PITTSBURGH (93-7 THE FAN) — Pirates general manager Neal Huntington addressed the media prior to the team’s game against the St. Louis Cardinals at PNC Park Wednesday evening after an uncommonly uneventful non-waiver trade deadline day around Major League Baseball.
News of the only move made by the Pirates did not break until during the game, when multiple sources reported the Bucs acquired veteran minor-league infielder Robert Andino from the Seattle Mariners for a player to be named later.
At various times the Pirates were believed to be seriously interested in, among others, Chicago White Sox right fielder Alex Rios, Houston Astros starting pitcher Bud Norris (who was dealt to the Baltimore Orioles Wednesday), Chicago Cubs right fielder Nate Schierholtz, and New York Mets right fielder Marlon Byrd.
However, Bill Brink of the Post-Gazette reports Pittsburgh, generally, was an unlikely destination for Rios and/or Norris.
In any event, Huntington’s efforts to possibly upgrade the right field spot–a particularly weak link in a low-ranking offense–and, to a lesser extent, the pitching staff–which has overcome key injuries to post some of the best numbers in pro baseball–proved futile.
He said the team was in various conversations and amenable to parting with various prospects at various organizational levels, albeit reluctantly, in some cases.
“We were willing to do something stupid. We just weren’t willing to do something insane,” Huntington quipped.
“We focused more energy on…trying to add a bat. As you saw, from the market, not many bats moved anywhere. It was a very shallow market to begin with–not only the offensive market, but the pitching market,” he explained. “It was, arguably, one of the shallowest I’ve seen in 20-plus years in the game. There were a lot of teams willing to hold, and not necessarily for baseball reasons.
“That made it a challenging market in and of itself, when you’ve got that few sellers. But then you’ve got some mid-range teams that hold onto players, and that reduces the talent pool.”
You can listen to the full press conference below, as Huntington commented in greater detail on why he believes the market, ultimately, was not conducive to him making a significant move, and whether he thinks prospects such as Triple-A outfielder Andrew Lambo could help the Pirates this year:
Meanwhile, he left the door open to the possibility that the Pirates, whether internally or externally, will still try to add helpful pieces.
Going forward, teams are still allowed to trade players who first clear waivers until Sept. 1, at which point they are allowed to expand their active rosters from 25 to 40 players. Players in question do not have to clear waivers if they are not already on a 40-man roster, and any team may claim a player off waivers at any time, with the claimant with the poorest record always getting priority.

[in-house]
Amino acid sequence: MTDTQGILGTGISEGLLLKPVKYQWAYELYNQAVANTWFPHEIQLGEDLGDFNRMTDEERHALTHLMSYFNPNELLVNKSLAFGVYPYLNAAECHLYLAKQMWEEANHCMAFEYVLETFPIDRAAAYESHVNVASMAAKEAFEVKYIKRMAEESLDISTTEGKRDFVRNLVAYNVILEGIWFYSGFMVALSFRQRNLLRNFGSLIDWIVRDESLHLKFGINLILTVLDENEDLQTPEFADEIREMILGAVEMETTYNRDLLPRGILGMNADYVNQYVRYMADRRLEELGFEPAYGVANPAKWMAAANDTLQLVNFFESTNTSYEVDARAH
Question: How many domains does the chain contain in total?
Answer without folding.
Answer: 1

Furthermore, any player traded after Aug. 31 is not eligible for postseason play unless he is replacing an injured one.
“There’s more games, and teams could feel more out of it at that point,” Huntington said. “We’ll certainly continue to be active, and we looked exhaustively…to try and find a way to help this club. Our challenge is, we want to be sitting in the back of the pack, and, in this day and age, teams in front of us are frequently aggressive with claims and blocks.”
Despite the needs that were not addressed, he professed faith in a team that has turned heads around Major League Baseball, heading into the penultimate game of its series against St. Louis with a big league-best 64-42 record and 1.5-game lead in the National League Central Division.
Regardless of Wednesday’s results, the Pirates, currently on pace to end a historic 20-year playoff drought, enter August leading their division for the first time since their last year of winning baseball in 1992.
“We believe in this club. We’ve had a good next-man-up sort of [attitude] working, and a lot of young guys from our system have come in to help us be in the position that we’re in right now,” Huntington stated. “We feel like we’ve got some guys, internally, that are ready to turn a corner, and we feel like we’ve got some guys in our minor-league system that can come up here and help us as we move forward.”
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(Ross Insana contributed to this report.)